State budget restores flood control payments; effort under way to collect millions from Massachusetts
For years, New Hampshire has complained that Massachusetts is short-changing the state on payments required by 1950s-era flood control compacts e_SEnD to the tune of $4.5 million since 2000, according to Granite State officials.
Two years ago, with a tight state budget, New Hampshire stopped covering the Bay State’s unpaid share of the bill. That meant towns such as Hopkinton and Webster missed out on payments totaling about a half-million dollars a year.
But under the new two-year state budget that went into effect July 1, New Hampshire will once again cover the full payments to towns under the flood control compacts for the Merrimack and Connecticut river valleys. And state officials are making a fresh push to convince Massachusetts to cough up the millions they say it owes its neighbor to the north.
New Hampshire’s lawyers have an extra incentive to work quickly: In fiscal 2015, which begins next July, the Department of Justice will have to pay $250,000 out of its own budget to help cover the flood control payments.
That provision was added by the Senate “to make sure somebody starts fighting this battle,” said Sen. Chuck Morse, a Salem Republican and chairman of the Senate Finance Committee, during a budget negotiating session last month.
“I do think it’s a fight that needs to happen,” Morse added, “and it’s only going to happen if the attorney general makes it happen.”
The office of Attorney General Joe Foster says it’s working on it. The commission that’s supposed to oversee the Merrimack River flood compact has been reformed, with an initial meeting scheduled for July 19. And New Hampshire has threatened to take Massachusetts to the U.S. Supreme Court over years of missed payments and underpayments.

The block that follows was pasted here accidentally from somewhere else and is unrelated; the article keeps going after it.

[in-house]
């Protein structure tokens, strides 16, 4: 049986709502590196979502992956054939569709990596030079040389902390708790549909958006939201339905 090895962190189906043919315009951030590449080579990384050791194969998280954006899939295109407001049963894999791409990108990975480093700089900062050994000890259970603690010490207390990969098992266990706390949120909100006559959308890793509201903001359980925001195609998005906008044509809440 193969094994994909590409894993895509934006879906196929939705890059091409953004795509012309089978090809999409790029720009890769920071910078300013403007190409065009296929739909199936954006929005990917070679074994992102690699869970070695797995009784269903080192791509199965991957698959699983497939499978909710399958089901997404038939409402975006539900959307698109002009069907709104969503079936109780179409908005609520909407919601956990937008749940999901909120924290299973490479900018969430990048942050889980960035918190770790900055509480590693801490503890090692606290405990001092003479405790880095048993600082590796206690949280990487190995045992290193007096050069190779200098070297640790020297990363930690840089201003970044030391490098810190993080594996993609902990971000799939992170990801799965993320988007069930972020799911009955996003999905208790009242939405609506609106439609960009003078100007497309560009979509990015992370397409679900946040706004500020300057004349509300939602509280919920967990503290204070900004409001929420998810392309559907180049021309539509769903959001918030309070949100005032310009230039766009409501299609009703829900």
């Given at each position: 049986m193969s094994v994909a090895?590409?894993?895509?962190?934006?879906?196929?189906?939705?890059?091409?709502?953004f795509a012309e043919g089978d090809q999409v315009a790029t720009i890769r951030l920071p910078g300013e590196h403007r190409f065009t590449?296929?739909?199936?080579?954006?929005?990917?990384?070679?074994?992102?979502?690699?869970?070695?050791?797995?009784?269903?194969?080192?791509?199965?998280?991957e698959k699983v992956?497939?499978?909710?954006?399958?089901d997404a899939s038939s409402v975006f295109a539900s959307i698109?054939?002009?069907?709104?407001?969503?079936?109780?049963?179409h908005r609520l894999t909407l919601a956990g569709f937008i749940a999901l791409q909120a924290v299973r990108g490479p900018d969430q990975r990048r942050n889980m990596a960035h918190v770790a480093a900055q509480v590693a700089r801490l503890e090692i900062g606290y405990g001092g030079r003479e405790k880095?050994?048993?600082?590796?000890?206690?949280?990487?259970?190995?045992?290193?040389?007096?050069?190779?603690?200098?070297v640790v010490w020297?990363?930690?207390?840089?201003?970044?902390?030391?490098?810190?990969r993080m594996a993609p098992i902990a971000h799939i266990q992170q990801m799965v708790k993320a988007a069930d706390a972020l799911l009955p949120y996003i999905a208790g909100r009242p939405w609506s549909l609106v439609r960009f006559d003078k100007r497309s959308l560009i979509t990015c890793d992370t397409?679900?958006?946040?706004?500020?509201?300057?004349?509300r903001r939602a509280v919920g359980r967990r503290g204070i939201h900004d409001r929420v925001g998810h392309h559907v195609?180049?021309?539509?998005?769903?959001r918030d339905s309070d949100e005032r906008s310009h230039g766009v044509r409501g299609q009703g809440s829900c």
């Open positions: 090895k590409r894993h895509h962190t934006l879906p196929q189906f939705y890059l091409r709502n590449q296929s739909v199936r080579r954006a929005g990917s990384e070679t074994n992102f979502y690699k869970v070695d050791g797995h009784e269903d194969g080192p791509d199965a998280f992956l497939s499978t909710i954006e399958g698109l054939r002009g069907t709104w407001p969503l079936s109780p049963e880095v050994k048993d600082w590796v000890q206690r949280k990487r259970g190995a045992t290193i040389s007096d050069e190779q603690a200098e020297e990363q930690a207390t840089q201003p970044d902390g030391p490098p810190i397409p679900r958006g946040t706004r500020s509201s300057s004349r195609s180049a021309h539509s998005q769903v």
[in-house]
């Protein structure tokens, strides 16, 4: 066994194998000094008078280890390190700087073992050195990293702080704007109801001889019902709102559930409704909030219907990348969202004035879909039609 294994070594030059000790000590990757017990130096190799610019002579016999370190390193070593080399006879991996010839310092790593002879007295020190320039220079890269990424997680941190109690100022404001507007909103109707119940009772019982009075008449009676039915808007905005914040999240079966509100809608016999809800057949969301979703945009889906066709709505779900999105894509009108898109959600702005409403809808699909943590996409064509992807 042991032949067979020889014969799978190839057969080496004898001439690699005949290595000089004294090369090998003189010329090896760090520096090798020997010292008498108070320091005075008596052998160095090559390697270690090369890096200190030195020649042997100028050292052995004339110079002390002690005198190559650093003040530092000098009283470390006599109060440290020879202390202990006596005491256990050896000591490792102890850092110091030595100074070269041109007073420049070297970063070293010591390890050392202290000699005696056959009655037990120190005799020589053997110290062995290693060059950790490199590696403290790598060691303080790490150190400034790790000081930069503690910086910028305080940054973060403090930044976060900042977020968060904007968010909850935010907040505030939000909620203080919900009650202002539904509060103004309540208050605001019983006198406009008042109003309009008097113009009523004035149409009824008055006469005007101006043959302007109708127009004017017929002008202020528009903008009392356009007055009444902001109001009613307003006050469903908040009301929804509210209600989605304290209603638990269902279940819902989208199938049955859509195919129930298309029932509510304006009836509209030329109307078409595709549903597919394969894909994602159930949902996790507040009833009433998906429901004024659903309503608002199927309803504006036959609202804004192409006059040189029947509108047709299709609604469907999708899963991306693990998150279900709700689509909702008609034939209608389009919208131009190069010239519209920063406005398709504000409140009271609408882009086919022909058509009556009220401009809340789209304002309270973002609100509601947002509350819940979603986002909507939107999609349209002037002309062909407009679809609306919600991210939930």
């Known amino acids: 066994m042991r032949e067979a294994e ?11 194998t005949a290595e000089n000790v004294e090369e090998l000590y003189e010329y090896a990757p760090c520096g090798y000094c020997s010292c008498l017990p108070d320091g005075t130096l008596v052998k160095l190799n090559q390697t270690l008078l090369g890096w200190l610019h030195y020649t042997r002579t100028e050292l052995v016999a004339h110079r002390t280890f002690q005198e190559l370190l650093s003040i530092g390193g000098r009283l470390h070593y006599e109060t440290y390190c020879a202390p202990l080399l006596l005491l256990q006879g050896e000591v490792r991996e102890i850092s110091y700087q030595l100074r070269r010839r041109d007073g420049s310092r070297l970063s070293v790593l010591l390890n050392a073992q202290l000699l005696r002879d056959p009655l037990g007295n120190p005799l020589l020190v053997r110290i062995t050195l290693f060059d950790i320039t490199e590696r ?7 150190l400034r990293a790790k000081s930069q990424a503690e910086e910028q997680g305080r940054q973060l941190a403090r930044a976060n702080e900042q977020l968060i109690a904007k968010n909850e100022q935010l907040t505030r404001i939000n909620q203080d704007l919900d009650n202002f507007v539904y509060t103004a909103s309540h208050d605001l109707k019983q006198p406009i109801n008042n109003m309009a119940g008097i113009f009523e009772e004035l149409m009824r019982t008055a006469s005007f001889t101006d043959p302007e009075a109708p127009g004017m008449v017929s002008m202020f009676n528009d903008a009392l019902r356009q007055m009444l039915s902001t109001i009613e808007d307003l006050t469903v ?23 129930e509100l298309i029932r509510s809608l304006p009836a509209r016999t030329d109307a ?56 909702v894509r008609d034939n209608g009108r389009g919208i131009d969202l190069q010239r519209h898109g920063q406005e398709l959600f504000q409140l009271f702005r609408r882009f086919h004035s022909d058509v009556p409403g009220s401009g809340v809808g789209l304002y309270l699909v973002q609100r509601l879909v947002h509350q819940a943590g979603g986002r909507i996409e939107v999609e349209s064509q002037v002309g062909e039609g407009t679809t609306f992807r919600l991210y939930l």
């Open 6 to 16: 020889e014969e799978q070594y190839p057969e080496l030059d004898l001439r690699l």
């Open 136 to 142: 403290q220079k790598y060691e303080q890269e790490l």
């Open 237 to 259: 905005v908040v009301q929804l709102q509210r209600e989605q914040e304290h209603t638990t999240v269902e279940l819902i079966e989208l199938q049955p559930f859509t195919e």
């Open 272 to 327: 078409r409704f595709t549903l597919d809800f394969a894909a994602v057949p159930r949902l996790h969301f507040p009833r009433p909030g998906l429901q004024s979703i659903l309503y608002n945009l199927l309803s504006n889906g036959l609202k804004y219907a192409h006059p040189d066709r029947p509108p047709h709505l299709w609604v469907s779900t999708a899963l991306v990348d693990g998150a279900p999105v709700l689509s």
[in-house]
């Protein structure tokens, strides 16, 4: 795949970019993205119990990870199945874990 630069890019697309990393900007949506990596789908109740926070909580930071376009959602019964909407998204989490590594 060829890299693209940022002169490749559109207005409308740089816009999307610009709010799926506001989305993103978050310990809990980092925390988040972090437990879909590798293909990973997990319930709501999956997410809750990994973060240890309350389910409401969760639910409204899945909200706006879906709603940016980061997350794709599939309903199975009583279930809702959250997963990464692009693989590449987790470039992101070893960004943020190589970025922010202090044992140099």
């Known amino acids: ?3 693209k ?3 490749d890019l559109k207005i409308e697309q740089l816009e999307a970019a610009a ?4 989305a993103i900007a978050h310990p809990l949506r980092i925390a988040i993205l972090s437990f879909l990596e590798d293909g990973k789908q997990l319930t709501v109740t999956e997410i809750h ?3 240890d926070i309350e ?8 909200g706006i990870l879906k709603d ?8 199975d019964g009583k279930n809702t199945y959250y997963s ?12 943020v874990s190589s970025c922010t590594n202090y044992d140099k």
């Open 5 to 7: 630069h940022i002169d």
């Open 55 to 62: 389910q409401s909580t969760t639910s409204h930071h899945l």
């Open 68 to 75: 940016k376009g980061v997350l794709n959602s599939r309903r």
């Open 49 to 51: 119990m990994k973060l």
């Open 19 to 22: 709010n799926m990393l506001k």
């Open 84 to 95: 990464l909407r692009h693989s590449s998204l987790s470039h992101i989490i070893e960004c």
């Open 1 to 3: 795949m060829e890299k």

“The hope is the commission will work out some things, and perhaps the attorney general can work out others,” said Senior Assistant Attorney General Peter Roth. “It’s a little early to tell.”
Massachusetts officials declined to comment on the dispute ahead of the July 19 meeting.
Paying the bill
In 1957, the U.S. Congress gave its blessing to a deal between New Hampshire and Massachusetts.
The federal government would construct flood control infrastructure, including dams and reservoirs, in New Hampshire to prevent flooding on the Merrimack River. To compensate towns for their lost property, the two states would make annual payments for lost tax revenue e_SEnD with Massachusetts picking up 70 percent of the bill, since it got most of the benefit.
A similar deal had been struck in 1953 for flood control on the Connecticut River, a compact that included Vermont and Connecticut.
But starting in the 1990s, New Hampshire said, Massachusetts began paying less than it owed. In some years, the Bay State didn’t pay anything at all.
“I’d like to take the dams out and wash the bastards out to sea, but I haven’t figured out how to do that legally,” said then-state Rep. Richard “Stretch” Kennedy, a Republican from Hopkinton, in spring 2006.